This Spring I’ve noticed a lot of subway posters for Bravo and Oxygen advertising the quality of their audience. I’ve spotted these ads, which are obviously aimed at media planners and buyers, all over the NYC subway system; not just in prime media stations like Prince St. or Rockefeller Plaza. The pictures I’ve posted above were taken at the Forest Hills/71 Ave. station in my Queens neighborhood, which to my knowledge, is not exactly a major hub of planners. Granted New York is the advertising capital of the world, but it’s a bit unusual to see posters touting high engagement and ROI occupying the same space as ads for movies, radio stations and Skechers.
I first became aware of Bravo’s “Affluencer” campaign when I saw a banner for it included in a Jack Myers newsletter, which directly targets media professionals. Soon after, the “Affluencer” ads appeared on almost every major media and marketing-related website just in time for the May upfronts. The neologistic term “affluencer” was coined by Bravo’s president, Lauren Zalaznic, to describe the network’s highly coveted audience of “affluent” and “influencial” viewers. It makes sense for Bravo and Oxygen, which are both owned by NBC, to promote their trend-setting audience, but why did the networks create such public ads for all the world to see?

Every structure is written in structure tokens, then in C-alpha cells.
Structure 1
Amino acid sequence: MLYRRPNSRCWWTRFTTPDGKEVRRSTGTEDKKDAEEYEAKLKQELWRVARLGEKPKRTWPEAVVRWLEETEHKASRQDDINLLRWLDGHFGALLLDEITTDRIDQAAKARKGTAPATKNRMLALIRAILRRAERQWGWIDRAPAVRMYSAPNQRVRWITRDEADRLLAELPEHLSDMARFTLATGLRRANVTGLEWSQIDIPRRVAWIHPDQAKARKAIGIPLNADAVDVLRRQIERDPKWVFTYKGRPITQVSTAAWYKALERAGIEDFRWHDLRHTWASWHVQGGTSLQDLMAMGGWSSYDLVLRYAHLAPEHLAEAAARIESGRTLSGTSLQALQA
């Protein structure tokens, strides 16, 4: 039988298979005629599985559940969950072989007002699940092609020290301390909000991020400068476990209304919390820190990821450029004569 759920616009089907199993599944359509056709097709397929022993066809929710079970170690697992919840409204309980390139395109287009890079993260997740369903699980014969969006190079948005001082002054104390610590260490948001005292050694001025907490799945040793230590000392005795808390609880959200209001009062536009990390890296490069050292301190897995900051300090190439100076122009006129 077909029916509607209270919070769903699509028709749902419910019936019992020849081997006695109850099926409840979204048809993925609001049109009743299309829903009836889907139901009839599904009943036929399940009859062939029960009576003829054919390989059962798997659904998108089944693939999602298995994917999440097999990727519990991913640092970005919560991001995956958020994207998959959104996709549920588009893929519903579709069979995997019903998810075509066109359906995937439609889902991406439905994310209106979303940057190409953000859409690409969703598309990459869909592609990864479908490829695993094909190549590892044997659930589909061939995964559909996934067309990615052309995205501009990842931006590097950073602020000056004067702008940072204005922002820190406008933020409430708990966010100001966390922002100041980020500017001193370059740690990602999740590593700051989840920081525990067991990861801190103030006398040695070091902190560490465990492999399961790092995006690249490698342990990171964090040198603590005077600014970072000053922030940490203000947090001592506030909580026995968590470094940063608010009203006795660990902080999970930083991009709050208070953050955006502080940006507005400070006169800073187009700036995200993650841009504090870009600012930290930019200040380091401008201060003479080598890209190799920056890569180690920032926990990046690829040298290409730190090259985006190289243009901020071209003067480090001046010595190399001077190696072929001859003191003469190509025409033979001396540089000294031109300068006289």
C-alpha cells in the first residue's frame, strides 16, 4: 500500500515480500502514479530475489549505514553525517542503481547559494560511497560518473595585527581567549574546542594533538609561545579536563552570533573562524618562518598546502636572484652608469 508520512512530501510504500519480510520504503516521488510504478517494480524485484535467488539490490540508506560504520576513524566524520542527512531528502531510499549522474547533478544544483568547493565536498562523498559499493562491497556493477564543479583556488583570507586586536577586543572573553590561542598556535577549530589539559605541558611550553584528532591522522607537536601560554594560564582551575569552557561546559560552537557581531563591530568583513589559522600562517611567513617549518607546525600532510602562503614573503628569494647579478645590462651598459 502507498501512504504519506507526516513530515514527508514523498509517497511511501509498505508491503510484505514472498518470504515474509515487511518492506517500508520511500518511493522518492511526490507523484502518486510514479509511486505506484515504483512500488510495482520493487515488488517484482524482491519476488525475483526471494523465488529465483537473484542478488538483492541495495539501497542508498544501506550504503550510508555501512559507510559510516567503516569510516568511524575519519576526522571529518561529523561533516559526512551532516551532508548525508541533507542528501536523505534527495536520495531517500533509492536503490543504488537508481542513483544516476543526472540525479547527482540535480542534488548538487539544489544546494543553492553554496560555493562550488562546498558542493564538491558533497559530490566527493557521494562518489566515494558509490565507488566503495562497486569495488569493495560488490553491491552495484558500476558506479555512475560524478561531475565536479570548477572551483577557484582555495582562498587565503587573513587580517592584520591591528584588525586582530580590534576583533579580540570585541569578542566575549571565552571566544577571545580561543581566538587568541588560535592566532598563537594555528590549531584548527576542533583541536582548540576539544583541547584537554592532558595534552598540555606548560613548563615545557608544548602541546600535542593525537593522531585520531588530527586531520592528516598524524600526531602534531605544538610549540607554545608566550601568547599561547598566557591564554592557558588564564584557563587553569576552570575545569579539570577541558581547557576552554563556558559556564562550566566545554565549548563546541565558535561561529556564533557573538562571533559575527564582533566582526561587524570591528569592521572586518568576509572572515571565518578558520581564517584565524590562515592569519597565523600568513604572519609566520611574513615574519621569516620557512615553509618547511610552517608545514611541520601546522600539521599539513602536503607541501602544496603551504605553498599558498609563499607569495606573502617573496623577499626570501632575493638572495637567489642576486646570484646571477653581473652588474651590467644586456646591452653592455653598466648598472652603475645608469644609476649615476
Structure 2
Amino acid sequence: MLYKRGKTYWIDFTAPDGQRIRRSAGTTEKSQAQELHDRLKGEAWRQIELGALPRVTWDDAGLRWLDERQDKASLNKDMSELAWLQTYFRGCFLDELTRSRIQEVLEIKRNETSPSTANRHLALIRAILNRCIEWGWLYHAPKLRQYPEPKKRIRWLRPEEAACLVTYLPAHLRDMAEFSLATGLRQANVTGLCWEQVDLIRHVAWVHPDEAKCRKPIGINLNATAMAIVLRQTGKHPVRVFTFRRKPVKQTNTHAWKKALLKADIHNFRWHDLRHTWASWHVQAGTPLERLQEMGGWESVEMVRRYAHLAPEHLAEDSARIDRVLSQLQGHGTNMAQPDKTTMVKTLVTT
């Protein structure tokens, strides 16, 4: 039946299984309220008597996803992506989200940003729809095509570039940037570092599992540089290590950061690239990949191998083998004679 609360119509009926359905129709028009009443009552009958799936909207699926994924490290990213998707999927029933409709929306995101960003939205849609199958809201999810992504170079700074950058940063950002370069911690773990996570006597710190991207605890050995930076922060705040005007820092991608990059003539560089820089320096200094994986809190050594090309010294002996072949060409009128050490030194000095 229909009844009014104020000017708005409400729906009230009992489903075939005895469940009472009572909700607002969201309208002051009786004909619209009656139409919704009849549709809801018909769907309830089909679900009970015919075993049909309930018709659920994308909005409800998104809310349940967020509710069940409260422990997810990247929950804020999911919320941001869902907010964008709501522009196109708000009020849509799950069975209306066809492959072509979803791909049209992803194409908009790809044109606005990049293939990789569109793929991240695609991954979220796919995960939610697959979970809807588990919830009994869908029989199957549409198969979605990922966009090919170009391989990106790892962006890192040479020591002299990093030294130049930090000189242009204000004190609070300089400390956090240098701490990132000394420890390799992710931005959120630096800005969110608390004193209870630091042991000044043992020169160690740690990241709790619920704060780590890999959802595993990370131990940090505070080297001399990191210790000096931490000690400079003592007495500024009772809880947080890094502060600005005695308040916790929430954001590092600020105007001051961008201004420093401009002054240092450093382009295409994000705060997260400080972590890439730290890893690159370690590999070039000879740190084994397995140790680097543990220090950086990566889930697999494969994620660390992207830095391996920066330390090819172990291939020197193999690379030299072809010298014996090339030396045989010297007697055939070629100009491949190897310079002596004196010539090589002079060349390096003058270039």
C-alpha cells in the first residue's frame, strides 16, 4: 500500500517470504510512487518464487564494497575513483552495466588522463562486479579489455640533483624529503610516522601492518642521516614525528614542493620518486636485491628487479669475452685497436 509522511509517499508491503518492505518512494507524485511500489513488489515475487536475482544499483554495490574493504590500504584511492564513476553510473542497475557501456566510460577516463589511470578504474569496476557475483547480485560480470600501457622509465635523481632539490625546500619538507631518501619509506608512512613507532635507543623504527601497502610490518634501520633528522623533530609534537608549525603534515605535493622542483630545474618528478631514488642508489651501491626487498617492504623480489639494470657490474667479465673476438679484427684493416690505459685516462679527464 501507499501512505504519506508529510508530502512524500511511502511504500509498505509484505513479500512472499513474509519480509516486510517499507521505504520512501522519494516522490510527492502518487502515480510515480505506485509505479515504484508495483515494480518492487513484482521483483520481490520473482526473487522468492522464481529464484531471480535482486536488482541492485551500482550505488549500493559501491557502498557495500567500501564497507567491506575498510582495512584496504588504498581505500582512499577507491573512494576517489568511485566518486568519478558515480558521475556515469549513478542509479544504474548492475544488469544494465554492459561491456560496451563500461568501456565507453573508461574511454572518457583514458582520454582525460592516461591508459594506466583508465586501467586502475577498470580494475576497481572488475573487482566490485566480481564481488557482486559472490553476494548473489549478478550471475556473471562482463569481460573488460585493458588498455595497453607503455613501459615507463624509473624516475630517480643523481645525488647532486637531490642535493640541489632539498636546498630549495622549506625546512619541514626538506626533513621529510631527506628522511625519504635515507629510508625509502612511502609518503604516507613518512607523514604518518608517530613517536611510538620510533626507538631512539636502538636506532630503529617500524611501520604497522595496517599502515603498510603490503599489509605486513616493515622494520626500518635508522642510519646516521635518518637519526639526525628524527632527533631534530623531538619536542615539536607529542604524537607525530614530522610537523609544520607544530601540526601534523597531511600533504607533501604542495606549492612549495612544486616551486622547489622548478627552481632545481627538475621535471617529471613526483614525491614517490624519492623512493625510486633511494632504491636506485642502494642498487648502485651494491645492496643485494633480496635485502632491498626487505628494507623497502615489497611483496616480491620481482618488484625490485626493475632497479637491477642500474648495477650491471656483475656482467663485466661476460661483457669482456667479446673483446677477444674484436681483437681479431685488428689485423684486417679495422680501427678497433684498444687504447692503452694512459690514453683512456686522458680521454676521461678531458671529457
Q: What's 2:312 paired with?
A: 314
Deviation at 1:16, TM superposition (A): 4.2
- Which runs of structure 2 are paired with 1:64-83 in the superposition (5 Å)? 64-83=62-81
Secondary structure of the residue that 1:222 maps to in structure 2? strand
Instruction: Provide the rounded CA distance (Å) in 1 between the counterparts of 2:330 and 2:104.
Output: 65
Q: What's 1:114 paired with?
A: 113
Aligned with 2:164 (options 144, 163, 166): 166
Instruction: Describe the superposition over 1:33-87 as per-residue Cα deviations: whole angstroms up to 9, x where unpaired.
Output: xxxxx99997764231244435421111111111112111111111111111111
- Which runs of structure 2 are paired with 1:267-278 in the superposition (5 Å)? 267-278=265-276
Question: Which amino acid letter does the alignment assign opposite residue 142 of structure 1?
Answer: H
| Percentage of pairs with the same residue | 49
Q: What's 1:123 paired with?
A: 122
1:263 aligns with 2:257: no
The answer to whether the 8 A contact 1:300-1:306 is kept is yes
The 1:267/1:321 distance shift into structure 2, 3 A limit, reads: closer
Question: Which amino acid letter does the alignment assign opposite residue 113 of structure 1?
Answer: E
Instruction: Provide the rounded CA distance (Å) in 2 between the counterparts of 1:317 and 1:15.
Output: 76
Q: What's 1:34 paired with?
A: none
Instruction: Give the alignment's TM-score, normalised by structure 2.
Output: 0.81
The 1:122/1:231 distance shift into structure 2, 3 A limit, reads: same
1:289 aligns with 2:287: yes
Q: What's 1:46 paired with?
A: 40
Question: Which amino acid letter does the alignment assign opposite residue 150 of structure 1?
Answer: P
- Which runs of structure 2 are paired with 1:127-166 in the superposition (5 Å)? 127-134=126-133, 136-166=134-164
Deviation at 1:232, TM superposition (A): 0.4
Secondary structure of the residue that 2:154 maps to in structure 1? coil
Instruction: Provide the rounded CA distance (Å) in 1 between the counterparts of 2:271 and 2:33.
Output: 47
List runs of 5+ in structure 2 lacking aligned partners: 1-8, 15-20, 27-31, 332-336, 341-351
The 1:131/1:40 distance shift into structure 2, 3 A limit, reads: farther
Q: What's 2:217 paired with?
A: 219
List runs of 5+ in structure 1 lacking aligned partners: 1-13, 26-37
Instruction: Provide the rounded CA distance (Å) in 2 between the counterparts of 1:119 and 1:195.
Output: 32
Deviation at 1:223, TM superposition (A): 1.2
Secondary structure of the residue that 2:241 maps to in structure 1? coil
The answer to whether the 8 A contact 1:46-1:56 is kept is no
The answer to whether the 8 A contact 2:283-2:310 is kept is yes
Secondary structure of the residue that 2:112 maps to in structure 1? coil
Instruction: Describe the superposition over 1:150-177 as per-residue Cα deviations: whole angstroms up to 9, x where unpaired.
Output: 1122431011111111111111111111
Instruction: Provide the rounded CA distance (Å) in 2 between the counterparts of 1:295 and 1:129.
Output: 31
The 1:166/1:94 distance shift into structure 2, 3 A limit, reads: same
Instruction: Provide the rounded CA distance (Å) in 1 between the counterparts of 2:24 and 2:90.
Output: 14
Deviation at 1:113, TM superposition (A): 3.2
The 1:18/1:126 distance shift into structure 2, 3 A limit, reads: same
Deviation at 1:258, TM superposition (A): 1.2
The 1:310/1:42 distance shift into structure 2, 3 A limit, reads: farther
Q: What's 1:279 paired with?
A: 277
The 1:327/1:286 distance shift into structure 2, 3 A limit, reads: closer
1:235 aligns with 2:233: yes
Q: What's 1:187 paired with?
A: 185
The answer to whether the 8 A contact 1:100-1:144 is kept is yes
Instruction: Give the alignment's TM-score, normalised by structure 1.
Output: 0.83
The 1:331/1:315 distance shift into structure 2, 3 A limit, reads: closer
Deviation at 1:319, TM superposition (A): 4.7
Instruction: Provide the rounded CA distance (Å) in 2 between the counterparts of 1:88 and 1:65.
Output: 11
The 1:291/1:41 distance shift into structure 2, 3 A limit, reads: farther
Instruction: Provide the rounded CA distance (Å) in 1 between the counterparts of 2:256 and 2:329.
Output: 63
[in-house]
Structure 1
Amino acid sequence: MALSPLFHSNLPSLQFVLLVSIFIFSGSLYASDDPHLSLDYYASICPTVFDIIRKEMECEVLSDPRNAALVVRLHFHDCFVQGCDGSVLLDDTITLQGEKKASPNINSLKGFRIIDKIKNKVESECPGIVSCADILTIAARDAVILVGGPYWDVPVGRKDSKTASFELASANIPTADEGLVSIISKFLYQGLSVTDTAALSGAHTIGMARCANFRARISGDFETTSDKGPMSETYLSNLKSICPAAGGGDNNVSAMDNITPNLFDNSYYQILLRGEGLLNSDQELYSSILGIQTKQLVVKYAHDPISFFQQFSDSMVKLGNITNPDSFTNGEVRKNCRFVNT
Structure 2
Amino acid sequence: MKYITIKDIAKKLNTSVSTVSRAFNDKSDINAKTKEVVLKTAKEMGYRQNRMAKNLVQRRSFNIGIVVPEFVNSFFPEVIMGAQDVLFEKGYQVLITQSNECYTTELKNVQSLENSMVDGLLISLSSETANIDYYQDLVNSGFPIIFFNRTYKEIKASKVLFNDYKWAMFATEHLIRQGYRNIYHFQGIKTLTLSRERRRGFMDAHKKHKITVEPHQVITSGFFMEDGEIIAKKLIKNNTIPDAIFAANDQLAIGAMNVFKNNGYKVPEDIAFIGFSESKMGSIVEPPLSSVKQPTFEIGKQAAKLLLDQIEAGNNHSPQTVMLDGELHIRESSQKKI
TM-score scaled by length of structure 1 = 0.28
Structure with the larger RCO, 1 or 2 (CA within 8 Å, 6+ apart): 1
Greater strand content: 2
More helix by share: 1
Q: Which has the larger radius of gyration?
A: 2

I don’t think people generally like viewing themselves as rating points or pawns in a greater marketing scheme, but the Bravo and Oxygen ads seem to frame consumerism in an empowering way. Although geared towards planners and buyers, the posters also help the public identify themselves and define their media habits. Being described as “engaged” and “cable’s best audience” does wonders for a viewer’s self-esteem and serves to add a sort of creditability to their taste in television.